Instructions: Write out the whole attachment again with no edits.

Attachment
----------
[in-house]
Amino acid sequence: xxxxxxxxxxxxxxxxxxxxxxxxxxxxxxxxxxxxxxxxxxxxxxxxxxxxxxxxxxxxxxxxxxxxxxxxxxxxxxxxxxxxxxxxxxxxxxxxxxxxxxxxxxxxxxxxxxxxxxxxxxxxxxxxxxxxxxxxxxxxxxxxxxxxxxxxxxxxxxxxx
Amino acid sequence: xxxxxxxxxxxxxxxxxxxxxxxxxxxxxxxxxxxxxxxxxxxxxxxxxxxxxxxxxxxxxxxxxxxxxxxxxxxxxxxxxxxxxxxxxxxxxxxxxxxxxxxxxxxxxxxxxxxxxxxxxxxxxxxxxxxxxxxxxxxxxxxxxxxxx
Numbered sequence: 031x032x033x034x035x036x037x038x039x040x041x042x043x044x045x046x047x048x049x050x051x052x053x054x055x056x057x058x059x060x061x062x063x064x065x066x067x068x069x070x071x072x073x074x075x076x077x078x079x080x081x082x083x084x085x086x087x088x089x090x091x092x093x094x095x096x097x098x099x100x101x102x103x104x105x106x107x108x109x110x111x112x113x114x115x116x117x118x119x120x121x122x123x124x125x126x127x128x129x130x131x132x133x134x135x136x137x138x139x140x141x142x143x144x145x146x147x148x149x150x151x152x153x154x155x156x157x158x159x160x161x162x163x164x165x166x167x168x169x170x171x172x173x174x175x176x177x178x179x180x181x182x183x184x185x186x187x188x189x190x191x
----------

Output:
[in-house]
Amino acid sequence: xxxxxxxxxxxxxxxxxxxxxxxxxxxxxxxxxxxxxxxxxxxxxxxxxxxxxxxxxxxxxxxxxxxxxxxxxxxxxxxxxxxxxxxxxxxxxxxxxxxxxxxxxxxxxxxxxxxxxxxxxxxxxxxxxxxxxxxxxxxxxxxxxxxxxxxxxxxxxxxxx
Amino acid sequence: xxxxxxxxxxxxxxxxxxxxxxxxxxxxxxxxxxxxxxxxxxxxxxxxxxxxxxxxxxxxxxxxxxxxxxxxxxxxxxxxxxxxxxxxxxxxxxxxxxxxxxxxxxxxxxxxxxxxxxxxxxxxxxxxxxxxxxxxxxxxxxxxxxxxx
Numbered sequence: 031x032x033x034x035x036x037x038x039x040x041x042x043x044x045x046x047x048x049x050x051x052x053x054x055x056x057x058x059x060x061x062x063x064x065x066x067x068x069x070x071x072x073x074x075x076x077x078x079x080x081x082x083x084x085x086x087x088x089x090x091x092x093x094x095x096x097x098x099x100x101x102x103x104x105x106x107x108x109x110x111x112x113x114x115x116x117x118x119x120x121x122x123x124x125x126x127x128x129x130x131x132x133x134x135x136x137x138x139x140x141x142x143x144x145x146x147x148x149x150x151x152x153x154x155x156x157x158x159x160x161x162x163x164x165x166x167x168x169x170x171x172x173x174x175x176x177x178x179x180x181x182x183x184x185x186x187x188x189x190x191x